A sizzling week of triple-digit temperatures was expected in Carlsbad over the next seven days as the summer heat sets in amid continually worsening drought conditions throughout southeast New Mexico.
Although there were slim chances of thunderstorms and rain Thursday and Friday, both days were above or near the 100 degrees Fahrenheit mark, with the National Weather Service predicting a high of 98 degrees and 104, respectively.
Saturday was expected to climb further to a high of 105 degrees and Sunday was forecast at a high of 108 degrees, per the National Weather Service.
Next week was also expected to start off hot and dry with highs of 107 on Monday and 105 degrees on Tuesday.
A longer-term forecast from AccuWeather expected the middle of next week to cool down slightly to a high 99 degrees on Wednesday and a 40 percent chance of rain in the evening.
That potential for moisture was expected to subside Thursday with a high of 97 degrees, and 100 degrees on Friday.
There could be another bout of rainfall the following weekend, per AccuWeather, with a 40 percent chance on Saturday and Sunday.
The National Weather Service reported Thursday that this week’s storm potential could create hazardous weather in the Guadalupe Mountains area of Eddy County and in Lea County, also impacting West Texas counties along the border.
But that would only be a brief escape from a long-term, devastating drought reported throughout New Mexico this year, said Weather Service Meteorologist Scott Kleebauer of the Midland-Odessa Office, who said the dry summer heat typical of the region was already in full swing at the start of June.
“We’re looking at hot weather pretty much area-wide this weekend. It’s going to carry for the next week. Sunday is looking like the hottest day,” he said Thursday. “Considering the pattern, we’re probably looking at multiple records being set, especially west of the Pecos River.”
He said spring ended especially hot, with multiple triple-digit highs reported at the end of May.
This indicated it would be an especially hot summer, Kleebauer said, even for the arid southeast region of the state.
And there were no visible changes in the pattern coming up, he said, with the rainy monsoon not expected until the end of the month.
“This is the start of the summer heat. We did kind of have it start the past couple weeks. We’re already well warmer than last year,” Kleebauer said. “It’s definitely a warm start to summer and it’s likely going to continue. There’s nothing really showing that it will cool down at any point.”
The state struggled under worsening drought conditions that continued in early June, per the U.S. Drought Monitor.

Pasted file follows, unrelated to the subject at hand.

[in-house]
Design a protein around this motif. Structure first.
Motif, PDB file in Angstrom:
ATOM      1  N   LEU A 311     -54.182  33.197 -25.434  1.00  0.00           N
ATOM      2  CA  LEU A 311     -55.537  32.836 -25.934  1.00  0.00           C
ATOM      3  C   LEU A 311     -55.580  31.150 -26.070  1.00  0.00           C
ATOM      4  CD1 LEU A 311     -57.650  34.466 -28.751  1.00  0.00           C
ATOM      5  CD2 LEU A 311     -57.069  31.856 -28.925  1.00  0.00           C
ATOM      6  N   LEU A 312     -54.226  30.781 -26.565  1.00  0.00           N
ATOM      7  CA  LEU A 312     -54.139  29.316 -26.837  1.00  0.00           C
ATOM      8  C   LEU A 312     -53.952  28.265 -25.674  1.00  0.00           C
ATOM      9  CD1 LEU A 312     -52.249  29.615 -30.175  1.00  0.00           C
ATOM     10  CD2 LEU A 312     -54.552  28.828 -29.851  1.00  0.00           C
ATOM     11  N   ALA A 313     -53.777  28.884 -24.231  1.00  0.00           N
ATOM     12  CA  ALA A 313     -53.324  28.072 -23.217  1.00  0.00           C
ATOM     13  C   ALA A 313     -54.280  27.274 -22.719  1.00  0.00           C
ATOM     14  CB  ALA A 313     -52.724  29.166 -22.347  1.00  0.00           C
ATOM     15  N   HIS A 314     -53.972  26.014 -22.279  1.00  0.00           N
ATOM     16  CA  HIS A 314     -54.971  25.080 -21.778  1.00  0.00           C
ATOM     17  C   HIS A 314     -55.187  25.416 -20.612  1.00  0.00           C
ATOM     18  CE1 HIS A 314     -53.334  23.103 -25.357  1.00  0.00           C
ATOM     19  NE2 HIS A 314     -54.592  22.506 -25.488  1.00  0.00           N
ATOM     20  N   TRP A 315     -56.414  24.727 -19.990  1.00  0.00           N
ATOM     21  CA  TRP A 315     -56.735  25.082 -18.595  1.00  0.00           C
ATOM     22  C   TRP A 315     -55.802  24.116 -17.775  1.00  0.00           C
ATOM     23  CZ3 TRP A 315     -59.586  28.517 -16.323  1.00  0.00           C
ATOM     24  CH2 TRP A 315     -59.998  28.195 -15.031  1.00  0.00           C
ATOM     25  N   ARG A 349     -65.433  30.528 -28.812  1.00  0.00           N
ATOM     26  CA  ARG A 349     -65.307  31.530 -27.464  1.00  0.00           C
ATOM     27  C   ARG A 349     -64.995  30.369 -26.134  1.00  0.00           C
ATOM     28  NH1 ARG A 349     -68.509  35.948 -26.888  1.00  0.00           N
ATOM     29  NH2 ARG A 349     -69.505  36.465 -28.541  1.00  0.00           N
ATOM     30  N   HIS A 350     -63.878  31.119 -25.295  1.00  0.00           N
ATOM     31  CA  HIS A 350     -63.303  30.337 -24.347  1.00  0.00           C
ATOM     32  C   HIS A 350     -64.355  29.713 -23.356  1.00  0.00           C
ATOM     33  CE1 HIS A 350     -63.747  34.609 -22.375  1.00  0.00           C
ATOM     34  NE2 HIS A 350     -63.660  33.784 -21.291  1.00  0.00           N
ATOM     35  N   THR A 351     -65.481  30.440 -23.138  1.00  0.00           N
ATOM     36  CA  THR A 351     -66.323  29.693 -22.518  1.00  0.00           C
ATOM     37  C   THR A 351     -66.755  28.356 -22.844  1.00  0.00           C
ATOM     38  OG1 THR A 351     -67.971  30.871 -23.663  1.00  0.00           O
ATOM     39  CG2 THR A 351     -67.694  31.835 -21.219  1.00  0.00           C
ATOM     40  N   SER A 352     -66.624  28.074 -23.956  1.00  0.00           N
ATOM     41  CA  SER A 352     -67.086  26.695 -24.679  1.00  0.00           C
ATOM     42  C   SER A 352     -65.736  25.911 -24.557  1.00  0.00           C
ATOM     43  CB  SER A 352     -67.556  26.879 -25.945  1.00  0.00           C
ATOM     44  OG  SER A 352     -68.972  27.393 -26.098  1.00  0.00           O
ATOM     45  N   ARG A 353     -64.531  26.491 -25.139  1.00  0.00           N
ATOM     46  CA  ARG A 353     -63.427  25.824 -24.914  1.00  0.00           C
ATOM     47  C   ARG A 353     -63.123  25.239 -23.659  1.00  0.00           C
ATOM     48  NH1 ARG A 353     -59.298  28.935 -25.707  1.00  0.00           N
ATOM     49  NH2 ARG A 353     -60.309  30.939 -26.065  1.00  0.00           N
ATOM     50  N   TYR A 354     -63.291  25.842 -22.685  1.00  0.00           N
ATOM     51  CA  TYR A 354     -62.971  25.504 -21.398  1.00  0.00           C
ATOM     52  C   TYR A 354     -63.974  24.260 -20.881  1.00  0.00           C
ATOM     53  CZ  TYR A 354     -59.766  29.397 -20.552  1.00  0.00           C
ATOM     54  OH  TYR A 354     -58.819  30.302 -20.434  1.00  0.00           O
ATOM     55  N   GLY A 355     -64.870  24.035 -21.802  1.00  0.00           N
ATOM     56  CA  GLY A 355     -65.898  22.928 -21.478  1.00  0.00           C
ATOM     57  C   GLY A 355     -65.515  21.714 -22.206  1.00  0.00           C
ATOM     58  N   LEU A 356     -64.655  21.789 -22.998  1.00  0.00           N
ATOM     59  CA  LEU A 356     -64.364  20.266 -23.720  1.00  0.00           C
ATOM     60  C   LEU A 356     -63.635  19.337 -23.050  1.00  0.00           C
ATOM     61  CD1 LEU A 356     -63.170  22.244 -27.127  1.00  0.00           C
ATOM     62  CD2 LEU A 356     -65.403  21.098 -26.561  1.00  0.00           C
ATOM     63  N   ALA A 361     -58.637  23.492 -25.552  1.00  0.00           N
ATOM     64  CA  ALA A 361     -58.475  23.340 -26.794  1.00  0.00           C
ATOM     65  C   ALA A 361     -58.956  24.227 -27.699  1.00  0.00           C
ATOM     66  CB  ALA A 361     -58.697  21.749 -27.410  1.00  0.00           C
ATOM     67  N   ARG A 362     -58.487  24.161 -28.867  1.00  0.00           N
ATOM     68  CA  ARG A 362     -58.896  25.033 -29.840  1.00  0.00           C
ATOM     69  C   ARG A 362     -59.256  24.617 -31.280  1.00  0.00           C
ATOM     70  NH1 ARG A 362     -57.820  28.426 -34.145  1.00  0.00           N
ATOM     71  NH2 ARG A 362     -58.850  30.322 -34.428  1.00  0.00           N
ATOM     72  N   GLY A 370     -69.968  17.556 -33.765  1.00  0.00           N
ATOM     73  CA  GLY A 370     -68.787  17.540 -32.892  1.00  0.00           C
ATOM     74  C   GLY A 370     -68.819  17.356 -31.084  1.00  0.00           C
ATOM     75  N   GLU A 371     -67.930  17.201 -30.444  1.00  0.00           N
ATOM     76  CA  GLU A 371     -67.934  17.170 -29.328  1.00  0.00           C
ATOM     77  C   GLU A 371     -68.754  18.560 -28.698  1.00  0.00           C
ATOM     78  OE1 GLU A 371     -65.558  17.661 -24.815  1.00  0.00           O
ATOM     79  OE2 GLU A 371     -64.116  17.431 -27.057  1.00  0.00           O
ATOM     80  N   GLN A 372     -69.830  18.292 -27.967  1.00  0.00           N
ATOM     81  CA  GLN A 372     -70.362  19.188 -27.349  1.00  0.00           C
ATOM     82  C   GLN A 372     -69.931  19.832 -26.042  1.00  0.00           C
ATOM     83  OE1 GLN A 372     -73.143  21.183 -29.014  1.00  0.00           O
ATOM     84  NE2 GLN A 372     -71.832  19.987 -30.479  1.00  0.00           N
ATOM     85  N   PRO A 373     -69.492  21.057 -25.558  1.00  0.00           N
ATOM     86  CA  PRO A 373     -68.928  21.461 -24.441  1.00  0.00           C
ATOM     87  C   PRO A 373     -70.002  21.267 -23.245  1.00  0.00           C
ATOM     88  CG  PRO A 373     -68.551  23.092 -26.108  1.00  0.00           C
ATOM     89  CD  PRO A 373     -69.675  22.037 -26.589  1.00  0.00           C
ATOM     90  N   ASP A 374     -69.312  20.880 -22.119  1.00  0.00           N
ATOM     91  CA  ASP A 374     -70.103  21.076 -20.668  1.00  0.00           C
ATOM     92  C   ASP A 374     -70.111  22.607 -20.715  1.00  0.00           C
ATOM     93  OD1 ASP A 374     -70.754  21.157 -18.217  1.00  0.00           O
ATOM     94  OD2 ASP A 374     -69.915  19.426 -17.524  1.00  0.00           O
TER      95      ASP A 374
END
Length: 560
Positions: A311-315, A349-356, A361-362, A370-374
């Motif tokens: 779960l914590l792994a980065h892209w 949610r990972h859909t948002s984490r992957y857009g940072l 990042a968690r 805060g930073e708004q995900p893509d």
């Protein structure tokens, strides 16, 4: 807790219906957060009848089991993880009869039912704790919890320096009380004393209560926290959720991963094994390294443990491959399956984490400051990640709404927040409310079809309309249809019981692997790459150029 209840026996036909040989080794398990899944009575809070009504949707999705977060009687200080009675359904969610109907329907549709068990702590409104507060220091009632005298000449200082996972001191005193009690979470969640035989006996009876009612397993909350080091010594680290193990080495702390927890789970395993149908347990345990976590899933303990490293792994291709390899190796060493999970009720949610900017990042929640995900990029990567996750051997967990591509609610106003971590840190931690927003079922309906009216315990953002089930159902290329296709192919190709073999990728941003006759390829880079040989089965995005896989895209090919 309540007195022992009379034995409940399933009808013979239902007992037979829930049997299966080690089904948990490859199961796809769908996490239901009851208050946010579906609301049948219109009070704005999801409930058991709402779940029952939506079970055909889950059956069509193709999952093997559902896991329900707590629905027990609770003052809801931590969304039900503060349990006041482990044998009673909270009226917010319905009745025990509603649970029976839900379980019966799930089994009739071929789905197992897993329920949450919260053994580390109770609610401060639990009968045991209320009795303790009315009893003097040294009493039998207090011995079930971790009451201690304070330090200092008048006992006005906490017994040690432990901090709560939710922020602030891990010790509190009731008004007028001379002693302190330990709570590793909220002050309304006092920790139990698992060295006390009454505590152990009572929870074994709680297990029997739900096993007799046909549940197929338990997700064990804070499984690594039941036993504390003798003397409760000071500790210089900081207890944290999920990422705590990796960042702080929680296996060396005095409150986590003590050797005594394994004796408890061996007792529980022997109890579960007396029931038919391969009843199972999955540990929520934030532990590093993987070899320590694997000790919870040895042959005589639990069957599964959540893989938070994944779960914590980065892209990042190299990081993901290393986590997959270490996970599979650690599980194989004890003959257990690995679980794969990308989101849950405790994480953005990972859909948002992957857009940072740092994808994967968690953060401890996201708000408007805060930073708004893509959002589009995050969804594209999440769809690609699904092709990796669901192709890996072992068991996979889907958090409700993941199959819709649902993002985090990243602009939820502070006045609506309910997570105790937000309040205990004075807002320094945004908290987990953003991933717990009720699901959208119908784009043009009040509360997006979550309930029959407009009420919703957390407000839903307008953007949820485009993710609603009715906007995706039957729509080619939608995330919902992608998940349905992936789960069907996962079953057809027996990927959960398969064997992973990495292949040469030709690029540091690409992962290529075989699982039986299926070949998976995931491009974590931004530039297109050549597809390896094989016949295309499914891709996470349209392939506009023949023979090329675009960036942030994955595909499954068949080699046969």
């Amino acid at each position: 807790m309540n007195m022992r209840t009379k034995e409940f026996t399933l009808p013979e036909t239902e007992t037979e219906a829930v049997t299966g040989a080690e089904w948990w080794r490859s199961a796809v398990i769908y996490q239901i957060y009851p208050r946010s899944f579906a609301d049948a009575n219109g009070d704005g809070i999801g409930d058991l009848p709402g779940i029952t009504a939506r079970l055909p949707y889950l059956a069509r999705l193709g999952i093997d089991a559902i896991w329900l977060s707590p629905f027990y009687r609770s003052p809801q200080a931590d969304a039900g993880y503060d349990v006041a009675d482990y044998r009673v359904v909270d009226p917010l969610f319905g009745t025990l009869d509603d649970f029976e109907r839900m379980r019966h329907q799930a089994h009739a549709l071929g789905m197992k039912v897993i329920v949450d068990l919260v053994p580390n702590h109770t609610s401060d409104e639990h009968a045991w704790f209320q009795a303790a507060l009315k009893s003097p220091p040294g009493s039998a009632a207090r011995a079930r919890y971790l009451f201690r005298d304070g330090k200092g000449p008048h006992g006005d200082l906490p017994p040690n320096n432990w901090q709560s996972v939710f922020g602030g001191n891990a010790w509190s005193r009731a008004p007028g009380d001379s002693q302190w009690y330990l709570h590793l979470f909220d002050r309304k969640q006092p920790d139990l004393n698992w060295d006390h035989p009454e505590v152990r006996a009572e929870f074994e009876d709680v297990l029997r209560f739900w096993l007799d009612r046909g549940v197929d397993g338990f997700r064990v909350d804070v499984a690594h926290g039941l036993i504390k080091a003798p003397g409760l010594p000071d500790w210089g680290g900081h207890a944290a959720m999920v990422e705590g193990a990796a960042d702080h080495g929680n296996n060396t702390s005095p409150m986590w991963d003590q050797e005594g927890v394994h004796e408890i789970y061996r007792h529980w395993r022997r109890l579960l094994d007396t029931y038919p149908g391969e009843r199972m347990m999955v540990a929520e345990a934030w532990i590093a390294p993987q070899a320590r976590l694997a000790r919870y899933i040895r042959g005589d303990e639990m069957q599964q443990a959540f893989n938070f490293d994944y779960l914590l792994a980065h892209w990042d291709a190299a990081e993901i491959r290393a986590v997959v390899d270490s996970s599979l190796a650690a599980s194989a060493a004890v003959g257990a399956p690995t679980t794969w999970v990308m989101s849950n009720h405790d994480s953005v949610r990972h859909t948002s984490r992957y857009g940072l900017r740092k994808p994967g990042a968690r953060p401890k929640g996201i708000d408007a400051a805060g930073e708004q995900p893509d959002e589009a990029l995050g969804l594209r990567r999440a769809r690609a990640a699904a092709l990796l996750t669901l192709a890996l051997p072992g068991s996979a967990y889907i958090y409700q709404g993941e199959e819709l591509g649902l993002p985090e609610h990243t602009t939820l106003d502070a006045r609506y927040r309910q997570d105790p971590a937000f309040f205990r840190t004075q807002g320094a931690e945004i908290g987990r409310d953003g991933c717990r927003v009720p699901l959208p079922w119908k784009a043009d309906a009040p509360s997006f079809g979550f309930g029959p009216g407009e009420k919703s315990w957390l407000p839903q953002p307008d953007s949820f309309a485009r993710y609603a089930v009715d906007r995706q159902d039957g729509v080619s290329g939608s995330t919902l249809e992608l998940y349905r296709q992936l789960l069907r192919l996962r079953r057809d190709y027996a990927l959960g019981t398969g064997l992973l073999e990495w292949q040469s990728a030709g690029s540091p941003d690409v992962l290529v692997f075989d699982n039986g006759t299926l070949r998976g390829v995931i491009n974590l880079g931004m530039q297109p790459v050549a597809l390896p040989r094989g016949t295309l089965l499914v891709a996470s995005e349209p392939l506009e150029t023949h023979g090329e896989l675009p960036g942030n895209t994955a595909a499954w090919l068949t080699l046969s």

The Monitor’s latest report issued Thursday showed 90 percent of New Mexico was in “extreme” drought conditions – the second-highest rating – and 47 percent was in the worst class: “exceptional” drought.
Those ratings held steady from the last week but mark strong increases from 35 percent extreme and 4 percent exceptional three months ago, the report read.
Exceptional drought was reported in all of eastern Eddy County, and the northwest portion of Lea County, along with about three quarters of Chaves County to the northeast.
Further north, counties along New Mexico’s eastern border to Texas, Roosevelt, Curry, De Baca and Quay counties were completely in the exceptional category, per the report.
In extreme drought, the Monitor reported, fire danger becomes extreme while native vegetation and trees die out.
When drought elevates to the exceptional class, per the Monitor, large rivers run dry, and no surface water is available for agriculture.
This year’s drought was so far worse than last year, the report read.
On the same date in 2021, about 65 percent of New Mexico was in extreme drought, read the report, while 33 percent was exceptional drought.
Kleebauer said intense dry patterns usually hold for months at a time, leaving locals hoping for an “anomalous” weather pattern to break the spell.
“We’ve been in such a dry pattern for so long. Usually dry begets dry. It’s hard to break those weather patterns. It’s just the nature of how it works,” he said. “If it’s really dry for an extended period of time, you usually need something anomalous to come through. Right now, there’s really nothing on the horizon to break that pattern.”
In the meantime, he urged people to stay hydrated and indoors during peak heat, usually between 10 a.m. and 5 p.m.
“This is going to be the solid, dry heat. We’re going to be seeing very dry conditions,” Kleebauer said. “Don’t go outside in the middle of the day if you don’t need to. Heatstroke and heat illnesses can creep up on you.”